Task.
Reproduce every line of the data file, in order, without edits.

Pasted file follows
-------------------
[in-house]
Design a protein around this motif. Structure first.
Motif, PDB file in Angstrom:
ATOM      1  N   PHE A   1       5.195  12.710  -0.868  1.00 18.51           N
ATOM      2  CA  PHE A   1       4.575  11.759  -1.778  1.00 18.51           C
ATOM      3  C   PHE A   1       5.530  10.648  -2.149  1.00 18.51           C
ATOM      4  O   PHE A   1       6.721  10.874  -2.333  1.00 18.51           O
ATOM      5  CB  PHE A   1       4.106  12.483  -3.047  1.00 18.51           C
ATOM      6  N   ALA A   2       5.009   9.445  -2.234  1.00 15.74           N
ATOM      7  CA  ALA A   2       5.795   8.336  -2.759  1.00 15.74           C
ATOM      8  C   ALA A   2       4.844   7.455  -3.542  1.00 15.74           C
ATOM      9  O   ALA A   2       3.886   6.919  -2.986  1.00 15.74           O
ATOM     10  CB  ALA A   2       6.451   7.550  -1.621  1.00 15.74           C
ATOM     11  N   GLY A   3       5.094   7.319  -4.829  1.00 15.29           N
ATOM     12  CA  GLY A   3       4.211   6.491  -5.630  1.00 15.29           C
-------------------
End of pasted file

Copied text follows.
[in-house]
Design a protein around this motif. Structure first.
Motif, PDB file in Angstrom:
ATOM      1  N   PHE A   1       5.195  12.710  -0.868  1.00 18.51           N
ATOM      2  CA  PHE A   1       4.575  11.759  -1.778  1.00 18.51           C
ATOM      3  C   PHE A   1       5.530  10.648  -2.149  1.00 18.51           C
ATOM      4  O   PHE A   1       6.721  10.874  -2.333  1.00 18.51           O
ATOM      5  CB  PHE A   1       4.106  12.483  -3.047  1.00 18.51           C
ATOM      6  N   ALA A   2       5.009   9.445  -2.234  1.00 15.74           N
ATOM      7  CA  ALA A   2       5.795   8.336  -2.759  1.00 15.74           C
ATOM      8  C   ALA A   2       4.844   7.455  -3.542  1.00 15.74           C
ATOM      9  O   ALA A   2       3.886   6.919  -2.986  1.00 15.74           O
ATOM     10  CB  ALA A   2       6.451   7.550  -1.621  1.00 15.74           C
ATOM     11  N   GLY A   3       5.094   7.319  -4.829  1.00 15.29           N
ATOM     12  CA  GLY A   3       4.211   6.491  -5.630  1.00 15.29           C